Who We Are
RAIN (Robotics and Artificial Intelligence for Nuclear) is a community of enthusiastic, knowledgeable, and motivated individuals working together to solve some of the most challenging robotics problems in the world. At its core are ten research institutions, led by the University of Manchester, each bringing their own expertise including radiation sensor technology, 3D mapping, remote handling and autonomy.
RAIN is a collaborative research programme, which forms a community hub. That community is driven by the RAIN academic partners and is enhanced with collaborations across the supply chain and nuclear operator sectors.
What We Do
We accelerate the development of UK robotics for the nuclear industry with a focus on demonstrating real measurable benefits against demanding use cases. RAIN brings together UK robotics experts working across new build, life extension and decommissioning, bridging fission and fusion, to address common challenges.
The RAIN team is intricately linked with key nuclear partners across the industry to ensure that the research remains end-use focused. Major demonstrations, including first-of-a-kind trials have been undertaken through Phase One and Phase Two of RAIN.
RAIN hosts a variety of events to share news and progress. Webinars, podcasts, publications, standards, conferences, and outreach demonstrations have been held – get in touch to find out more.
RAIN has developed a reputation for enthusiastic and use-case-driven research and deployments with an approachable and collaborative team.
Our mission is to:
- Enhance connectivity between research and industry
- Measurably improve and deploy RAI technology in nuclear scenarios
- Undertake world-leading RAI research
- Curate a network that fosters awareness, curiosity and adoption of RAI technology in nuclear
RAIN has fostered working relationships and deployment plans with UK end-users including Sellafield Ltd, Rolls Royce, Atomic Weapons Establishment, EDF Energy, United Kingdom Atomic Energy Authority, Dounreay Site Restoration Ltd and Magnox.
More than half of the UK’s nuclear workforce is expected to retire before 2025. Consequently, there is an urgent need to attract more people into the sector.
RAIN will provide comprehensive training for more than 25 post-doctoral researchers and many associated PhD students. Furthermore, large numbers of undergraduate and post graduate students will be made aware of the challenges and opportunities offered by the nuclear industry through individual and group research projects.
RAIN will benefit the UK economy by improving nuclear industry productivity (by a targeted 20%) and reducing the cost of decommissioning the UK’s nuclear legacy sites by as much as £11.78 billion.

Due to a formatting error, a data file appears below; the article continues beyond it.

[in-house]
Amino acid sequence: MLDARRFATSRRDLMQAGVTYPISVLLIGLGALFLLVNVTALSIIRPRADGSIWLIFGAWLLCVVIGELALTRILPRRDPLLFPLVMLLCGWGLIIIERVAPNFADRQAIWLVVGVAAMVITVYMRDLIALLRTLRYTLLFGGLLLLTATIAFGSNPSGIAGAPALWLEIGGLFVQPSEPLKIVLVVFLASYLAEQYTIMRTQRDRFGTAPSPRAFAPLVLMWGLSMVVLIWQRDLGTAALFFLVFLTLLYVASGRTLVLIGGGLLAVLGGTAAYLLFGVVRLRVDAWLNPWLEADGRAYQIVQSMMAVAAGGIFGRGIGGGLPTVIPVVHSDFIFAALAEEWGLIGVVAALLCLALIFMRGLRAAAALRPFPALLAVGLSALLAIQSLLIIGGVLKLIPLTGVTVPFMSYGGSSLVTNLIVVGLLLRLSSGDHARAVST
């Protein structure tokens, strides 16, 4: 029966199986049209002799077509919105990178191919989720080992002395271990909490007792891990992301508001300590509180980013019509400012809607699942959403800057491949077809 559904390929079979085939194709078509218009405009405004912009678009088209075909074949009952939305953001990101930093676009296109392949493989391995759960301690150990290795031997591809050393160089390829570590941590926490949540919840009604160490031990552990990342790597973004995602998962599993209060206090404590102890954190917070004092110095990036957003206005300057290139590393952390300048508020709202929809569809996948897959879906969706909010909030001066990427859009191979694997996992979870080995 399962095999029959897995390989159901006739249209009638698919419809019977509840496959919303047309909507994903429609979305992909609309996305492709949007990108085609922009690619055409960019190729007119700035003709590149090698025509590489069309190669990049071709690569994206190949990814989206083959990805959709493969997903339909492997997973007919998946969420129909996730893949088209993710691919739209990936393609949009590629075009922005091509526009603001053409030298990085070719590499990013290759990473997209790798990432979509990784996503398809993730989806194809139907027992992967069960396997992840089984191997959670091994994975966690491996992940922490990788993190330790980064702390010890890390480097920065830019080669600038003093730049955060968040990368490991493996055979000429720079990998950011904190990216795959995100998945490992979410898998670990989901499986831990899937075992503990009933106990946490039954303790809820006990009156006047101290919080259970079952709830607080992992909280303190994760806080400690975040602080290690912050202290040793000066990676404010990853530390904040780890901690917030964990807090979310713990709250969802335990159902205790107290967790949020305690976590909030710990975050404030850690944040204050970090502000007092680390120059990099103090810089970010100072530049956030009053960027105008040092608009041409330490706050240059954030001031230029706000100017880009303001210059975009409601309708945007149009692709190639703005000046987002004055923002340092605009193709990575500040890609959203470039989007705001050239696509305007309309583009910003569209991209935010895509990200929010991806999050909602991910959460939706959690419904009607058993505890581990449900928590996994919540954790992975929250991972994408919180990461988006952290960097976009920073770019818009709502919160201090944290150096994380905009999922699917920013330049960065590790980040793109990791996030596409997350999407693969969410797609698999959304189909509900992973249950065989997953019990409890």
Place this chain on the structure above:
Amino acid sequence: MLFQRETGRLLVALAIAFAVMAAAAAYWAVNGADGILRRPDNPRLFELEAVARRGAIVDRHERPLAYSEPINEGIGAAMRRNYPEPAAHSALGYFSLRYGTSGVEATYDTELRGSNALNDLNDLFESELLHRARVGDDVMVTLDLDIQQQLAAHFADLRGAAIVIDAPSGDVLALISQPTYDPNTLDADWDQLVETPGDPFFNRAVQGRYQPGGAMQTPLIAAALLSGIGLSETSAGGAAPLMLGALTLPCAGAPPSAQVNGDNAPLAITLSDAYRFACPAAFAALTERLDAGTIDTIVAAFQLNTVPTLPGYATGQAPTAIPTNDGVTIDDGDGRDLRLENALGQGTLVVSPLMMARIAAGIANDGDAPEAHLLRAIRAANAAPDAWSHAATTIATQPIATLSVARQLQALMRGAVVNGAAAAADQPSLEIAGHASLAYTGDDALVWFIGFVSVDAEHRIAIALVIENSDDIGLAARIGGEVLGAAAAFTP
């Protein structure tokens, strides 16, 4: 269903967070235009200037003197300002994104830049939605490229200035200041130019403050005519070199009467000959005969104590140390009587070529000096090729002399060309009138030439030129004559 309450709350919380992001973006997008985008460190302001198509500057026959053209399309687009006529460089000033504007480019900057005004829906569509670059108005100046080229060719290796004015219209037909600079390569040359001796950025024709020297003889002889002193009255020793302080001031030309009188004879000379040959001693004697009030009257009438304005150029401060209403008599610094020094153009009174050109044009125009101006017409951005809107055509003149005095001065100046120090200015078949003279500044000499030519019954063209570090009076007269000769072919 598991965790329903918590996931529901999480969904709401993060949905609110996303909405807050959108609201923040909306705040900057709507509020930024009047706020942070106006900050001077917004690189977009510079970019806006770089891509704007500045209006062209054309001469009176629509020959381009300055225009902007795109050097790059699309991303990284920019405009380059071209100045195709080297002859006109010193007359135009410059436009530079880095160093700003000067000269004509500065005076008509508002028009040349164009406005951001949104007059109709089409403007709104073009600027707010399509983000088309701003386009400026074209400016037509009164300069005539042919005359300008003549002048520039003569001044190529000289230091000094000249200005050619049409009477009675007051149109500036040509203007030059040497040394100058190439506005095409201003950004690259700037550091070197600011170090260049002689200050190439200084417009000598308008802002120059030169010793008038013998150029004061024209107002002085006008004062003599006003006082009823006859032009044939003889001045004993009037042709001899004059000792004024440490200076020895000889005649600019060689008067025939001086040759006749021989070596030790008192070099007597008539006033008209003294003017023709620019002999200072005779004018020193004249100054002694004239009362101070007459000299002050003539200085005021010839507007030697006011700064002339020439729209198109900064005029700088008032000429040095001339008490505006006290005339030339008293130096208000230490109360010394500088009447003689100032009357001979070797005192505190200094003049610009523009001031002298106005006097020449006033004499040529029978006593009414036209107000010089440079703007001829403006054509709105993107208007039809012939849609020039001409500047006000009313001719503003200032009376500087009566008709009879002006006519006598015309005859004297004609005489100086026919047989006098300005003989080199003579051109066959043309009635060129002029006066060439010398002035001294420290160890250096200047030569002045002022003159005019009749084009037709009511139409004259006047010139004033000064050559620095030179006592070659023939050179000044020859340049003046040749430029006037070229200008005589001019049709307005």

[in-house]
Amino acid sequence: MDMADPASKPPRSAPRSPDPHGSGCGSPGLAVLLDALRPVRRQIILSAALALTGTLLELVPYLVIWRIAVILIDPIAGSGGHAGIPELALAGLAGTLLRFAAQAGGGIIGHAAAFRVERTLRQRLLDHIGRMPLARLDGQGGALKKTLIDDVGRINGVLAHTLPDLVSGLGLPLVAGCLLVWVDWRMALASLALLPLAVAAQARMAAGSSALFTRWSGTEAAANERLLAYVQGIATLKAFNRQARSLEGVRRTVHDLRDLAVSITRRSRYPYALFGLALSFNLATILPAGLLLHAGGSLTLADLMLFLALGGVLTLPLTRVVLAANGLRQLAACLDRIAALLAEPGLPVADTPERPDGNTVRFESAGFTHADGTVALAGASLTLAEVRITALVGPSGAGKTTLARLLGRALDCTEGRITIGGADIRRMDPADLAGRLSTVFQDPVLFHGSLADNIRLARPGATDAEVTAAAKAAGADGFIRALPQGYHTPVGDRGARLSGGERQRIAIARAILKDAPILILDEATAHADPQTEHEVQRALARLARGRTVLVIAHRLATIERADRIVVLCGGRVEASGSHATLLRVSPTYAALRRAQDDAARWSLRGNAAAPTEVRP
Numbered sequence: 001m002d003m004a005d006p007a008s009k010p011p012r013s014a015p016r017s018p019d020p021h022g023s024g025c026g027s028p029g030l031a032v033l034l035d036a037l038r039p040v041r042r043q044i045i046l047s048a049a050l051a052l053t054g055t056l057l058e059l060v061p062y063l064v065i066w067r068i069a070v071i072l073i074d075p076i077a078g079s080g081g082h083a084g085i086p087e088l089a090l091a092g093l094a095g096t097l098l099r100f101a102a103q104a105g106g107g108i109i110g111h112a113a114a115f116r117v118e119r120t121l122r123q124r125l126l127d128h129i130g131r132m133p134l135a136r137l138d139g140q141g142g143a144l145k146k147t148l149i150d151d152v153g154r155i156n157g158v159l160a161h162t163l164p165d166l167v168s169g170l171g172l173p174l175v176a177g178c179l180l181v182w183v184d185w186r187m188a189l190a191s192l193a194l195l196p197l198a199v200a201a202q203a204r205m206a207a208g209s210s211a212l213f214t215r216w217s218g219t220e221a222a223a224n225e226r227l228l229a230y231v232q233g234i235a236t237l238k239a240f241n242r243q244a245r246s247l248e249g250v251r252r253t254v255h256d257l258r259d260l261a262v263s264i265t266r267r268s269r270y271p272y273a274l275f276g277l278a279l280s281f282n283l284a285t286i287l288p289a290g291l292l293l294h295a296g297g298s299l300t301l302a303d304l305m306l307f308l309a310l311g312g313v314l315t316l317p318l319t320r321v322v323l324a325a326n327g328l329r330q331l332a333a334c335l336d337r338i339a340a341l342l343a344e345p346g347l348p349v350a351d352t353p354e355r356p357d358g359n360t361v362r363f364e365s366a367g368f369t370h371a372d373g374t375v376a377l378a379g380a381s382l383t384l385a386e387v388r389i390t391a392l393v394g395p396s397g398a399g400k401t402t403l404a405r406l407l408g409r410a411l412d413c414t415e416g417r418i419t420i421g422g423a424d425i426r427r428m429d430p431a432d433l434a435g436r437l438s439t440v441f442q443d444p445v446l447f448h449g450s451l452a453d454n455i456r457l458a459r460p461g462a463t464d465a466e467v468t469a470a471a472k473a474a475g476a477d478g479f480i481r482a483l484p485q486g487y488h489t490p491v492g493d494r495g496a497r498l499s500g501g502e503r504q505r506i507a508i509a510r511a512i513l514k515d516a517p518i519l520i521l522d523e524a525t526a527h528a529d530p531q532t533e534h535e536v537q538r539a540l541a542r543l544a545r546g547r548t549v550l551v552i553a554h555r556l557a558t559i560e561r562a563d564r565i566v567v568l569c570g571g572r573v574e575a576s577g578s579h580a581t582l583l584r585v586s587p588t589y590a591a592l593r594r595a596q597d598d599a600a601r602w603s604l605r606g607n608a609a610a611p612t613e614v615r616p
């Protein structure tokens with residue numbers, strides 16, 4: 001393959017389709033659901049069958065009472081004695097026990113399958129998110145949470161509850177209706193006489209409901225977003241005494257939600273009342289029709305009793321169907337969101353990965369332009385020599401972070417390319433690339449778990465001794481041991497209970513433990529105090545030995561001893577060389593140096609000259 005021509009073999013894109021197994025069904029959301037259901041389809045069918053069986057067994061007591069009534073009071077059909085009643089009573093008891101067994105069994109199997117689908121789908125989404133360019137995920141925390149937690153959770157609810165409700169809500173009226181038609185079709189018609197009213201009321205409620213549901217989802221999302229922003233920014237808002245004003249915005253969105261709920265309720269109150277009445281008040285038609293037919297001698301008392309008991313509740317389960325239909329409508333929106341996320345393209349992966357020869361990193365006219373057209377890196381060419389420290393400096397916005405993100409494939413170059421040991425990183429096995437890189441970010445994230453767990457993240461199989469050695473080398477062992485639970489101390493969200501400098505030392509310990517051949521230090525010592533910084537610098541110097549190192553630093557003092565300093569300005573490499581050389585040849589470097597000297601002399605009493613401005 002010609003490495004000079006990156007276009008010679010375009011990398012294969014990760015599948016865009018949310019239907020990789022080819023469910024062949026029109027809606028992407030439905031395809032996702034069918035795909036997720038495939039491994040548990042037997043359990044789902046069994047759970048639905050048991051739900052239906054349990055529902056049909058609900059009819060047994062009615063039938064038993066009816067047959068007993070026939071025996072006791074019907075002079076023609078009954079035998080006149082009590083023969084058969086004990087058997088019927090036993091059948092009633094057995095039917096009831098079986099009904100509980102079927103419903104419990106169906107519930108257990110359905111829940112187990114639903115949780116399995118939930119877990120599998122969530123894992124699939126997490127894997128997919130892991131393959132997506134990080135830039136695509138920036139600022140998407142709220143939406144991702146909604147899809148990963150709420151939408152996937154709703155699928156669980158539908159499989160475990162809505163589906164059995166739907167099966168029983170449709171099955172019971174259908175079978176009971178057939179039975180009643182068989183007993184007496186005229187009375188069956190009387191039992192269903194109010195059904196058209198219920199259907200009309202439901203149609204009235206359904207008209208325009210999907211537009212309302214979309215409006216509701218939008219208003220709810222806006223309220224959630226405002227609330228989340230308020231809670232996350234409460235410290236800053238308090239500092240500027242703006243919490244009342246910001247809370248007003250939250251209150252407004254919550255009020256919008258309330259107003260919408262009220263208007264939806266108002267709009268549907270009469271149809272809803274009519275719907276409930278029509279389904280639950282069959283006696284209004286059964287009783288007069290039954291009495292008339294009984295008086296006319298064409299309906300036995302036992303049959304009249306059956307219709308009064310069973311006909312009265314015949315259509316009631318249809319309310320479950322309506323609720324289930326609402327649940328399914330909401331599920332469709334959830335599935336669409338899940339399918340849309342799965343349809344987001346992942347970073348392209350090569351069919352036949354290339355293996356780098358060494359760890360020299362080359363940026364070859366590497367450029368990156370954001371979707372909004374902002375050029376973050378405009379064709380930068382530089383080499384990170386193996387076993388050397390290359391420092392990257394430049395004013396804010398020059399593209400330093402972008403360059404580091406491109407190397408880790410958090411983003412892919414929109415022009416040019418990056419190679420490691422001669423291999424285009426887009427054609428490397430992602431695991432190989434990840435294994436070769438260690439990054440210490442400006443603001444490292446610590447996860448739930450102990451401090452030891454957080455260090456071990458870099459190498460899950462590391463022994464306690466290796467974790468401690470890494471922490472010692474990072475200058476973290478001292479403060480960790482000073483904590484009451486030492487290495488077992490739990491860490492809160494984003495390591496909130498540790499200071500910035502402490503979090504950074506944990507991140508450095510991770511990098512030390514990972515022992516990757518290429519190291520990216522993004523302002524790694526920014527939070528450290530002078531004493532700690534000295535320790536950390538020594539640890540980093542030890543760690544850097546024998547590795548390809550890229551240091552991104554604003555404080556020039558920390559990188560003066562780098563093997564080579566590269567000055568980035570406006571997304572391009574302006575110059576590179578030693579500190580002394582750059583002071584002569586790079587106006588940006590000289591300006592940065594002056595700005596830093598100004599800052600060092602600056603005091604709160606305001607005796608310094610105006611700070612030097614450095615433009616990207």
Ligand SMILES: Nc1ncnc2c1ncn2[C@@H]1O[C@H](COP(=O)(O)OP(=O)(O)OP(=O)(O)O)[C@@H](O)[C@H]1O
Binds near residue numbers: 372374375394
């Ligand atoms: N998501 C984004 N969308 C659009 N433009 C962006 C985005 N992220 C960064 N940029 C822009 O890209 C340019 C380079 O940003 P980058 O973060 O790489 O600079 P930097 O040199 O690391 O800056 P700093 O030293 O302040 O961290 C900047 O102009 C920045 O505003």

Then, by extending its research to cover non-nuclear applications, the programme will ultimately create a vibrant commercial market for RAI technologies across the world.
By facilitating remote inspection, RAIN’s technologies will bring about major improvements to nuclear health and safety. It will do this by reducing significantly – and hopefully eliminating altogether – the exposure of people working in the industry to radiation and other hazards.
Remote inspection will also have the potential to improve the life-span of the UK’s existing nuclear reactor fleet, helping to secure the country’s future energy provision.
The scientific and engineering advances that RAIN will deliver will inform and benefit national and international research efforts.
RAIN is made up of 5 working groups: Remote Inspection, Remote Handling, Human Robotic Interaction, Standardisation and Verification & Autonomy. To find out more about each working group including the latest news and how to get in touch click on the icons below.
The HRI working group is focused on the interactions with robotics and autonomous systems such as trustworthiness, perception and communication as well as explorations of the HRI systems including virtual and augmented reality, teleoperation, haptics, shared control and testing methods.
Lead is: Guido Herrmann
The Remote Handling Working Group is developing technology to take hands out of gloveboxes, making nuclear decommissioning safer, faster and cheaper.
Lead is: Guy Burroughes
The Remote Inspection Working Group (RIWG) focuses on developing robotic and AI technology for both the characterisation of unknown nuclear environments, and change or anomaly detection of previously characterised environments.
Lead is: Nick Hawes
The Standardisation working group focused on bringing academic and industrial experts together to create new baselines in specific areas such as operator-facing human-machine interfaces (HMI), extensible modular software systems, and nuclear tele-manipulation systems.
Lead is: Ipek Caliskanelli
Verification & Autonomy
The V&A working group are focused on engagement with regulators and work that can be achieved through simulation. Including the assurance of autonomous Systems for safe use in hazardous environments.
Lead is: Louise Dennis
The RAIN Hub brings together eight teams of robotic and nuclear engineering experts from The University of Manchester (project lead), Lancaster University, The University of Oxford, The University of Liverpool, The University of Sheffield, The University of Bristol, The University of Leeds, The University of Reading, The University of Nottingham, Newcastle University and RACE (Robotics and Remote Applications in Challenging Environments).